In the new normal, bottom up issues will actively compete with top down themes. The power of the convergence magnet – that mystical Anglo-Saxon model of liberalization and de-regulation where a prosperous post-industrialization phase relies on an ever-booming financial system – has weakened. No other model is able to step in at this stage...
Markets will revert to a mean, but it will not look anything like that of recent years. Relative to where it is coming from, the financial system will be de-levered, de-globalized, and re-regulated. Global growth will be lower and unemployment higher, notwithstanding the continued rotation of dynamism away from industrial countries and toward emerging economies. Price formation in many markets will be influenced by the legacy and, in some cases, continuation of direct government involvement. Burden sharing will feature more prominently, being one feature of the heavier hand of government in economic life.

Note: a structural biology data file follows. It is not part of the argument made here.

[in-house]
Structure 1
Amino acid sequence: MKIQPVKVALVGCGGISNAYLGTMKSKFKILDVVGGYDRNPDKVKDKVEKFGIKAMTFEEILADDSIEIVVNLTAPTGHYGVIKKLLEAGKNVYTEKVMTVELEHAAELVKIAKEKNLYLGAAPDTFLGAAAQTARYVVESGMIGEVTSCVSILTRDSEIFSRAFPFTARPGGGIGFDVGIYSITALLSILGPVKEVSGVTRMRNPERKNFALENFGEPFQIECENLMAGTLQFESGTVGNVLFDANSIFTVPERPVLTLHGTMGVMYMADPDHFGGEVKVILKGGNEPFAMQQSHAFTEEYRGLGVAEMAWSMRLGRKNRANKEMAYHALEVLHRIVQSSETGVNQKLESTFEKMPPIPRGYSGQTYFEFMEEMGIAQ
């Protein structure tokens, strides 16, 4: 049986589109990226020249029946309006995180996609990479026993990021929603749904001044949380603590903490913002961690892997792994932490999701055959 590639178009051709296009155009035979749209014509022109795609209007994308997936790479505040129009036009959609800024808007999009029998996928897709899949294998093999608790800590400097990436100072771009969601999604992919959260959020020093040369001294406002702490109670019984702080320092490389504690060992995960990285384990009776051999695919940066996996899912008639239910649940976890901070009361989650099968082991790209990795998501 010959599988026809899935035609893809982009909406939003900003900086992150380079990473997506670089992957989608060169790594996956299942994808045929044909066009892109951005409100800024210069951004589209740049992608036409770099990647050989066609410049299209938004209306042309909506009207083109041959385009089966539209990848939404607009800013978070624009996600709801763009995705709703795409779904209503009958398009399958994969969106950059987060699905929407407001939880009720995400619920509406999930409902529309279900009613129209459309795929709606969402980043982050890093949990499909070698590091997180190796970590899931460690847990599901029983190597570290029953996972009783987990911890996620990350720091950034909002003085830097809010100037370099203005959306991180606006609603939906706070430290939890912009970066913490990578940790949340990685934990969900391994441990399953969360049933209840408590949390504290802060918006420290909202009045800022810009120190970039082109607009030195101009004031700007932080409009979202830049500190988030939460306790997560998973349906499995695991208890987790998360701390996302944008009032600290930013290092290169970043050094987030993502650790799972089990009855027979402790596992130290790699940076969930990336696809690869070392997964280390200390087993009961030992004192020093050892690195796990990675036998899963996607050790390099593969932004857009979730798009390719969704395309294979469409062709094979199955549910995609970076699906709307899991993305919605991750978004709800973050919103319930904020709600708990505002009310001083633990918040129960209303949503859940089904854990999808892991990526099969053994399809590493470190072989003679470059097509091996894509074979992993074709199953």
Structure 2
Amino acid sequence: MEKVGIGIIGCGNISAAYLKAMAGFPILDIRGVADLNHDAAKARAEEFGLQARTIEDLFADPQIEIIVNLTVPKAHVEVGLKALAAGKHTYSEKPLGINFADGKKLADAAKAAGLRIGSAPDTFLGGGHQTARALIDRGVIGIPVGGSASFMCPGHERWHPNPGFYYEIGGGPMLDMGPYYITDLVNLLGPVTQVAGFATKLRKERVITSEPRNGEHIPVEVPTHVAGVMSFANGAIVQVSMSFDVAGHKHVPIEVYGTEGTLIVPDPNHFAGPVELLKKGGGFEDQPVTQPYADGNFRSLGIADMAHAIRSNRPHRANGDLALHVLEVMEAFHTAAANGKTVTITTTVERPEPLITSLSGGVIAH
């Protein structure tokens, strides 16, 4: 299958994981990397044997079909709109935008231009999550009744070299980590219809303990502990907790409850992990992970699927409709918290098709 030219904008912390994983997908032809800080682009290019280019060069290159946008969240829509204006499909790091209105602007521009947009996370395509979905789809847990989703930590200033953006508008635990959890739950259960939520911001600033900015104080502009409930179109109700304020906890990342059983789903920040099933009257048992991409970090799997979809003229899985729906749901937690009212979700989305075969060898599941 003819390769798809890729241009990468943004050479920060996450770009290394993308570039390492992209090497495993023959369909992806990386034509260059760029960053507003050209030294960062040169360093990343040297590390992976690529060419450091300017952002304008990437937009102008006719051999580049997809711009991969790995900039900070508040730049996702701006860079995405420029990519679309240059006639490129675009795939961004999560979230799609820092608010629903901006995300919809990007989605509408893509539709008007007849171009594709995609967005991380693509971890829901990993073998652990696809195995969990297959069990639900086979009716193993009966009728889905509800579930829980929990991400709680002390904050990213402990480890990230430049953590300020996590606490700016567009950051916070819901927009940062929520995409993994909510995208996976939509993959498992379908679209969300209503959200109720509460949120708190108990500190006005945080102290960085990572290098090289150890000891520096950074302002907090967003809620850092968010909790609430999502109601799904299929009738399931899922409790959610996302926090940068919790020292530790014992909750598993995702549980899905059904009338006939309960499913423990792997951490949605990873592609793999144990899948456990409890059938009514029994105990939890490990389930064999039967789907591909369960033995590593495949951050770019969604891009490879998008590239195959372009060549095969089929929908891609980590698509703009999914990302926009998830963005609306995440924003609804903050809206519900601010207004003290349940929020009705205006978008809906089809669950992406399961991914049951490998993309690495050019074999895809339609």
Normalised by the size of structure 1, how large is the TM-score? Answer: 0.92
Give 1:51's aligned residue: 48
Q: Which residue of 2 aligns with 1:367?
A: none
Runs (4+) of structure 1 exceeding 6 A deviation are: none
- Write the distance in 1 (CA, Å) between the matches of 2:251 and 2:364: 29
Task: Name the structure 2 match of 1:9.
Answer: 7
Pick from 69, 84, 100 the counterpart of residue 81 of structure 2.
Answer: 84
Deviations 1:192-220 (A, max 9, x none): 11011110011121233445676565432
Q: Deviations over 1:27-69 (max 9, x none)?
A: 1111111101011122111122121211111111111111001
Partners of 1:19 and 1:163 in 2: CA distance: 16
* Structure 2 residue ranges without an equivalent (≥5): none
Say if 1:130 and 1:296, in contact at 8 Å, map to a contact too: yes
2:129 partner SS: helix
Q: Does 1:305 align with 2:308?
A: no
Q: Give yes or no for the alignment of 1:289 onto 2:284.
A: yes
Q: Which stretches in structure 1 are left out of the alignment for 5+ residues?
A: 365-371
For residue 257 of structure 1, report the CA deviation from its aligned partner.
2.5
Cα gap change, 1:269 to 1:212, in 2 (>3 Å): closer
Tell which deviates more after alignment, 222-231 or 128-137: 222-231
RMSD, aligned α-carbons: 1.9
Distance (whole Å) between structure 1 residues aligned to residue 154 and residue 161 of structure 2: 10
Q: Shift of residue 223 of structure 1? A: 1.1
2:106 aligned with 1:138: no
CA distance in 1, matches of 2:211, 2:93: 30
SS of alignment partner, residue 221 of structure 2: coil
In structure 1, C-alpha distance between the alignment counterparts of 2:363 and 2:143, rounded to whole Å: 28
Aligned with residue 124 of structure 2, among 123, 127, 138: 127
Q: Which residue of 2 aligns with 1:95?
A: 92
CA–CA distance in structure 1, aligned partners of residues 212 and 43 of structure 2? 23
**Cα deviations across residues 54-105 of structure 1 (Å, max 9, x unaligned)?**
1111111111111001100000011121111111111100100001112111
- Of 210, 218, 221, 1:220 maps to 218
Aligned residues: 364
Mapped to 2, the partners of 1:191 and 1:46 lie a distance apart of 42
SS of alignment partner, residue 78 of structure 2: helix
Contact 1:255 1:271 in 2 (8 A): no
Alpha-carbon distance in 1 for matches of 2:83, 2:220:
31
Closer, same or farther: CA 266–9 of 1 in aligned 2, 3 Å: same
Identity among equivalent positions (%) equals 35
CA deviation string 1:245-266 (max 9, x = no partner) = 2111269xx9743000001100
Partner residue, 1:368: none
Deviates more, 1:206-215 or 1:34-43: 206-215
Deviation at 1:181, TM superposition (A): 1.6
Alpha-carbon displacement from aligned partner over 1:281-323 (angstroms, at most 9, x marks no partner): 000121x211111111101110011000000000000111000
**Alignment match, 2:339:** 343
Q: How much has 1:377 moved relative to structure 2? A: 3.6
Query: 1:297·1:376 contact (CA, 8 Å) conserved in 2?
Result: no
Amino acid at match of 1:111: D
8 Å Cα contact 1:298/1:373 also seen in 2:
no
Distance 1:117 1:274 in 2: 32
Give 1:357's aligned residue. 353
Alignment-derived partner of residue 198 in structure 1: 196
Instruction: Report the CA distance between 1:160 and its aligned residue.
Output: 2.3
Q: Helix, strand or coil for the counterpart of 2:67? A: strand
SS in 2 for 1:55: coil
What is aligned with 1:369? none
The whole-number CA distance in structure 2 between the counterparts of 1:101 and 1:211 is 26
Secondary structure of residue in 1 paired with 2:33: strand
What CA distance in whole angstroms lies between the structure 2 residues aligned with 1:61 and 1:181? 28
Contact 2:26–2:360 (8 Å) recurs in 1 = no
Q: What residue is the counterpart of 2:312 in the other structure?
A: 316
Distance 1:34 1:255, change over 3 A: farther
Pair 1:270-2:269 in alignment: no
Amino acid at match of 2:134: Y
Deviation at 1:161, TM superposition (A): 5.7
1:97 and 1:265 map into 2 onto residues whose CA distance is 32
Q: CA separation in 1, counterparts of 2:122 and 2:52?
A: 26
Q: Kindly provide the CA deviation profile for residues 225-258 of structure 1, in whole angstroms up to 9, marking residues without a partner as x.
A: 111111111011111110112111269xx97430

For a financial industry known for its famously short memory (and related infrastructures and behavior), this will feel like a new normal. Adaptations will be needed as the configuration of risks and returns shift, government debt balloons, and capital structures potentially migrate toward a simplified structure consisting just of equity and senior debt instruments. Business models will need to be retooled, and investment management vehicles made more responsive and robust.
--- Secular Outlook, 5.09